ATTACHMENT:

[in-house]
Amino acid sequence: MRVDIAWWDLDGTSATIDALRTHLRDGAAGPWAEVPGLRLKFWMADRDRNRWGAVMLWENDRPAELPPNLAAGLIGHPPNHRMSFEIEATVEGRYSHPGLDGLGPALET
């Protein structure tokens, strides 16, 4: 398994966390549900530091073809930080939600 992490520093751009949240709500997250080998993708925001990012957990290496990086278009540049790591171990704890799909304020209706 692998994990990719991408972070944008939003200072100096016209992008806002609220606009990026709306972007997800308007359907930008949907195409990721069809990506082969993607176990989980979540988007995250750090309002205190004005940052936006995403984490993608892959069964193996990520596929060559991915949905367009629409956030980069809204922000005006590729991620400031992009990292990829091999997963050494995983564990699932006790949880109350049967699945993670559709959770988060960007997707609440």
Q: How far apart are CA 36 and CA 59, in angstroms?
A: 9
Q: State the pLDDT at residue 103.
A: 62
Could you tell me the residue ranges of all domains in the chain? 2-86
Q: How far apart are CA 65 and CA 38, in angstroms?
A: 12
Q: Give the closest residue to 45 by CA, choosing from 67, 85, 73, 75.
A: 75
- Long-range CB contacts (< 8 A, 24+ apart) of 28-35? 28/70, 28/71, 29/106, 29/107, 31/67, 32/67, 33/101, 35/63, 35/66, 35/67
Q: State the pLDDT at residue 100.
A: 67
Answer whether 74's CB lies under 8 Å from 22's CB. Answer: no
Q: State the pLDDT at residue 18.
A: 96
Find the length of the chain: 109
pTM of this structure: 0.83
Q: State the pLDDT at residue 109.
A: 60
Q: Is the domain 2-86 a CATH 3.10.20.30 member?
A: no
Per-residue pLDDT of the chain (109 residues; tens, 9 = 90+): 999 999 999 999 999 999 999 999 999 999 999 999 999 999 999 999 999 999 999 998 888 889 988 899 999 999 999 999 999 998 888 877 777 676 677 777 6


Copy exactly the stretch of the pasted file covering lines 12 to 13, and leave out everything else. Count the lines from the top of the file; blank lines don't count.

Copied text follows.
A: 75
- Long-range CB contacts (< 8 A, 24+ apart) of 28-35? 28/70, 28/71, 29/106, 29/107, 31/67, 32/67, 33/101, 35/63, 35/66, 35/67